Don’t be an invisible manager
By Daniel Debow with David Pardy
Do you care about engagement?
Engagement is a fancy word for getting people to give a 💩. When people give a 💩 it triggers discretionary effort. Teams become proactive. People go above and beyond. The team knows what to do, how to do it, and they care enough to do it without being explicitly compelled. Engagement also has hidden benefits — alignment, strong bonds between employees, and simply having more fun through day-to-day operations and execution.
Great managers know that engaging their team is the highest-value action they can take.
Over the last 18 years, many experts have shared with me how best to engage a team. I’ve also learned my own tough lessons on engaging teams at Workbrain, Rypple, Salesforce, with companies I advise, and, of course, my current venture, Helpful.
What I’ve found is: engagement is a mental state, a feeling, a vibe. It is subjectively how people feel. Because it is this feeling, having an impact on engagement requires a daily practice. Like meditation, exercise, or learning, engagement is about repeatedly practicing positive behaviors in daily operations. Engagement is not a one-time event like a team offsite. It’s a series of daily habits. Repeatedly baking these simple practices into your daily operations will help your team give a 💩.
I want to share one simple practice with you: being visible.
Management experts figured out that visibility boosts engagement decades ago. It’s not a mystery… employees are literally asking for it. Gallup and the Harvard Business Review found visibility from senior management to be the number one driver of employee engagement, and the number one request from tens of thousands of employee engagement surveys.
Bob Sutton, the legendary Stanford GSB professor, explains our innate human craving for visibility using an astounding connection: our evolutionary cousins, baboons. Baboons are social primates who live in hierarchical groups of up to 250 members. The troop is the key to the baboon’s dominance in its ecosystem. It offers protection, help for rearing the young, and gives the baboons a leg up for coordinated hunts, plunders, and scavenges. Each troop has a leader. During orchestrated troop efforts, the members look carefully at the leader every 20–30s to constantly take social and informational cues. The leader determines the group priority and leads strategic attacks and defensive schemes. By simply observing him — which route he takes, which target he picks, the location of a defensive stand — the rest of the troop becomes intensely engaged. They glean critical information to make their own decisions that maximize the troop’s overall probability of success.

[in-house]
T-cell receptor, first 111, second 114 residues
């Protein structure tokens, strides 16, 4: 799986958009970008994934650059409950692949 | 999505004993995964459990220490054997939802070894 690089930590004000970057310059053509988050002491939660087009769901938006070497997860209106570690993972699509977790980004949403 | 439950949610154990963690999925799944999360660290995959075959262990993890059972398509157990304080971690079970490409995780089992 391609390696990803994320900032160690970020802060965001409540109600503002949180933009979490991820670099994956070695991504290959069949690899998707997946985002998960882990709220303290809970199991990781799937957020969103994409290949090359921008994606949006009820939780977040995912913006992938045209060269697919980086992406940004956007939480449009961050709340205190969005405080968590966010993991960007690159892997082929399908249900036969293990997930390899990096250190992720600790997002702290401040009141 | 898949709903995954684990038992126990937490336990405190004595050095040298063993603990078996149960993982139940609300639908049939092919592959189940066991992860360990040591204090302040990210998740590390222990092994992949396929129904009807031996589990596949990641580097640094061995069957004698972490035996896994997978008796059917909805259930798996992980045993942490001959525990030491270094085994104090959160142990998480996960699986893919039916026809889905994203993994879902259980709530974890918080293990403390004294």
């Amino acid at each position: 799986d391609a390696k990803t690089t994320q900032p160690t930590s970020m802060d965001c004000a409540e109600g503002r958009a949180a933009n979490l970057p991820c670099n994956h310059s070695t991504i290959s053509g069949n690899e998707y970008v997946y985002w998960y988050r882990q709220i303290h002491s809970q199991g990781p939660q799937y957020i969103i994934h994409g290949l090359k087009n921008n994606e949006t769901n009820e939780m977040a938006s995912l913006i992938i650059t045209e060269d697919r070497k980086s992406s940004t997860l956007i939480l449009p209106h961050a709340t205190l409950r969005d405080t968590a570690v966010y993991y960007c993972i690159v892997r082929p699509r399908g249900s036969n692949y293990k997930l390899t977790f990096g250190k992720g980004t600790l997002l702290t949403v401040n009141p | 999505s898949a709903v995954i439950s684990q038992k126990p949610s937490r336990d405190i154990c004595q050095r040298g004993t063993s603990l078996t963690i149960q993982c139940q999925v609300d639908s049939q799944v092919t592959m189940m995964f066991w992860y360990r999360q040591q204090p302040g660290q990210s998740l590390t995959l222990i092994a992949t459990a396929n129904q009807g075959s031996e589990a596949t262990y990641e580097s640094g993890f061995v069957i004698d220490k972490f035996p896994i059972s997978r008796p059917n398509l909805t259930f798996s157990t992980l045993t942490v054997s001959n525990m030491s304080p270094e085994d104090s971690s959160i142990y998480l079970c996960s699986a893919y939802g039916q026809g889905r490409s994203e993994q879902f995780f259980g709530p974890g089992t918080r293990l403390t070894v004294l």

The simple act of observing a leader is such a powerful engagement tool that it allows hierarchical groups to complete elaborate schemes in high-pressure environments.
Observing leaders is a deep and primal behaviour in humans too. Humans, however, have much richer emotions, visual cues, and verbal cues than baboons — factors that multiply the effects of leader visibility.
Overcome the challenges of visibility by operationalizing it
At work, most managers aren’t nearly visible enough. Busy with their own tasks, it can feel like a waste of time to seek the team out, craft intriguing emails for them, and organize all-hands meetings.
Remote teams are particularly prone to the invisibility problem. Physical proximity provides visibility in itself — the opportunity to bump into folks in the hallways or at breaks to share stories.
But to move forward with their careers and their goals, managers need to make the time for it.
My advice for managers is to adopt the practice of sharing. Constructively comment on what your team does. Share what you’re doing. Share what you’ve done. Articulate your daily and weekly goals. Show your team actual customers. Share customer stories. Show them investors. Share everything.
My goal as a leader is that everybody at the company knows where I am and what I’m thinking about.
I do this by operationalizing engagement. After every meeting, I share my summary and next steps with the team. When I’m at a customer’s, a conference, or with investors, I share as much of the experience as I can with the team. After meetings, I give feedback. When I give recognition, I do it in front of everyone.
If you’re looking for some new experiments to up your management game, pick a few opportunities above and make them a habit with the team. See how it feels. Then try a few more. Eventually, you should be delegating nearly everything you do and giving your team the visibility they need to take on ever-bigger responsibilities.
If this article resonates with you, you might want to check out the new app we built that uses mobile video to engage people at work.
Check it out and let us know if you find it Helpful.